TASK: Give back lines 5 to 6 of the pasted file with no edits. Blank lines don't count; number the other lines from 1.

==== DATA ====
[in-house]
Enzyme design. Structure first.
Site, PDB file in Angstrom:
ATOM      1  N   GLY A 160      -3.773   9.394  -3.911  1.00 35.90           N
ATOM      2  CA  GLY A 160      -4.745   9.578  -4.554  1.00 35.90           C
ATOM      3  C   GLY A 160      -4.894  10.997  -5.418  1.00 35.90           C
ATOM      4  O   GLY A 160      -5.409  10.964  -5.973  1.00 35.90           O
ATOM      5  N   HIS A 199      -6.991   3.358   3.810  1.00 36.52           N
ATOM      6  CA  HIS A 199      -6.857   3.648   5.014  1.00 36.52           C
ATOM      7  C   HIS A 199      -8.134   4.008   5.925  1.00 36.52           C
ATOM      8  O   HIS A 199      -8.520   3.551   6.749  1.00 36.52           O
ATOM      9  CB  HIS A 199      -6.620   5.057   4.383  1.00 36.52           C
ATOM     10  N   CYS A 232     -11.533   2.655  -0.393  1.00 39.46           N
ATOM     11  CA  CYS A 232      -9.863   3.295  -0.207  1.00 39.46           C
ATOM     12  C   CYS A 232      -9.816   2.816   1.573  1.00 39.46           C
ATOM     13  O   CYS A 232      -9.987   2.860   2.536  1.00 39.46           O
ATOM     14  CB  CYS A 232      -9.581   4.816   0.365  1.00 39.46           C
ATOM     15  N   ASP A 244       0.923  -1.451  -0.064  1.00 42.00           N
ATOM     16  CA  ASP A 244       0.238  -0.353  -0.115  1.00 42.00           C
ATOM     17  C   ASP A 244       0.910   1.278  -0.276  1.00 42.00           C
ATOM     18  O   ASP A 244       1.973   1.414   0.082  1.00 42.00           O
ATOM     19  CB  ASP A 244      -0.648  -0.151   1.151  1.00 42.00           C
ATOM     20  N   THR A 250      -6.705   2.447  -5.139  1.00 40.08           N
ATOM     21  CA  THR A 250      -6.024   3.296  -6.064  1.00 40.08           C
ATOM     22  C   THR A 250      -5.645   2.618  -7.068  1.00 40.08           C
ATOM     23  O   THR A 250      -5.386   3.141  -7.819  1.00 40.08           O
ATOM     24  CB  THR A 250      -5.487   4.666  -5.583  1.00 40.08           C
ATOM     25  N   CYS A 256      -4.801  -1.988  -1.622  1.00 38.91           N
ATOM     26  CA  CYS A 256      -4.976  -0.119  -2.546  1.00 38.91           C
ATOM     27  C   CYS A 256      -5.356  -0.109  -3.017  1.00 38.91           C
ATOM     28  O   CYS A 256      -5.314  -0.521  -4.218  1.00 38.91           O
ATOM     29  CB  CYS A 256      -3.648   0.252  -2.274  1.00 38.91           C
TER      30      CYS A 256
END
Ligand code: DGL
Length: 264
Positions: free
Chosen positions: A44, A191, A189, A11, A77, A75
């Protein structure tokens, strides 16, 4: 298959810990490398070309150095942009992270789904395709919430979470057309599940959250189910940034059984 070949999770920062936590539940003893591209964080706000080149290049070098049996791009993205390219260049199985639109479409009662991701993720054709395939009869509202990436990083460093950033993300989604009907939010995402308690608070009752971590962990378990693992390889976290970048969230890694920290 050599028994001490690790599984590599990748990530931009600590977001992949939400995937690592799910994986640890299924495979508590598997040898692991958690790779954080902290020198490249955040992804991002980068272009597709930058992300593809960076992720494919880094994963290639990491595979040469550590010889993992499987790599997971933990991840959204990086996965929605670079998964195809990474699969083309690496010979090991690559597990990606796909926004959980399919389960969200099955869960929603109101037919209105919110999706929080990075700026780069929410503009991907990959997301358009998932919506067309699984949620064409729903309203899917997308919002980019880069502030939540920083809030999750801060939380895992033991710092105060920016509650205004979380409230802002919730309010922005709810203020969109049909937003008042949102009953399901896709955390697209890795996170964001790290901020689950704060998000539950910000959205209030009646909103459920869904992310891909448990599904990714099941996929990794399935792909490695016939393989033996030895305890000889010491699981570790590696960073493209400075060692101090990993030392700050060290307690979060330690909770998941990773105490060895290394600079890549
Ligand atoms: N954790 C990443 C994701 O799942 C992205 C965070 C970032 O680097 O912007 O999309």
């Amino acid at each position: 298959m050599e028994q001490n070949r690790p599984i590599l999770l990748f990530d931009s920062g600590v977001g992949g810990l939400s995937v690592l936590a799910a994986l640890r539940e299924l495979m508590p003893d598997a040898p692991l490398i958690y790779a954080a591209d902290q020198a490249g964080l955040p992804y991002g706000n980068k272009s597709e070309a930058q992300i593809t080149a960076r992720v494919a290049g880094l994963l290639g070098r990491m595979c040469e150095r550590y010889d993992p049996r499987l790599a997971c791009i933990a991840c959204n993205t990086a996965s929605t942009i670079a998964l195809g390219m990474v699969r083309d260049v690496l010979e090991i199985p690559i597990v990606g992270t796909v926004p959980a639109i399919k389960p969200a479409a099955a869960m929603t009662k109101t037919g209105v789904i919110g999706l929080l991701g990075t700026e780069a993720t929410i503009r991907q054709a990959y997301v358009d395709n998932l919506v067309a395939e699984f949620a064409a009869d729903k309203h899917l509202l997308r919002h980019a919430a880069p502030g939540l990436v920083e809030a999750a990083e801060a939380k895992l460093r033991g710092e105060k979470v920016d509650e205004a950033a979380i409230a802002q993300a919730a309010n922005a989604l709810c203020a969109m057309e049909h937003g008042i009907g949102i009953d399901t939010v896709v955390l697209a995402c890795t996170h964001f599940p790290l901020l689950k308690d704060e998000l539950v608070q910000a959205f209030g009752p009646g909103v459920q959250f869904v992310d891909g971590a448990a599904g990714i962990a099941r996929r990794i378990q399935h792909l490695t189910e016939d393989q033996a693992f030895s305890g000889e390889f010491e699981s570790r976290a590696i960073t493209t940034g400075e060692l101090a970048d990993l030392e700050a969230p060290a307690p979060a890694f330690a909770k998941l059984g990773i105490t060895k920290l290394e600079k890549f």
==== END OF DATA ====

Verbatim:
ATOM      2  CA  GLY A 160      -4.745   9.578  -4.554  1.00 35.90           C
ATOM      3  C   GLY A 160      -4.894  10.997  -5.418  1.00 35.90           C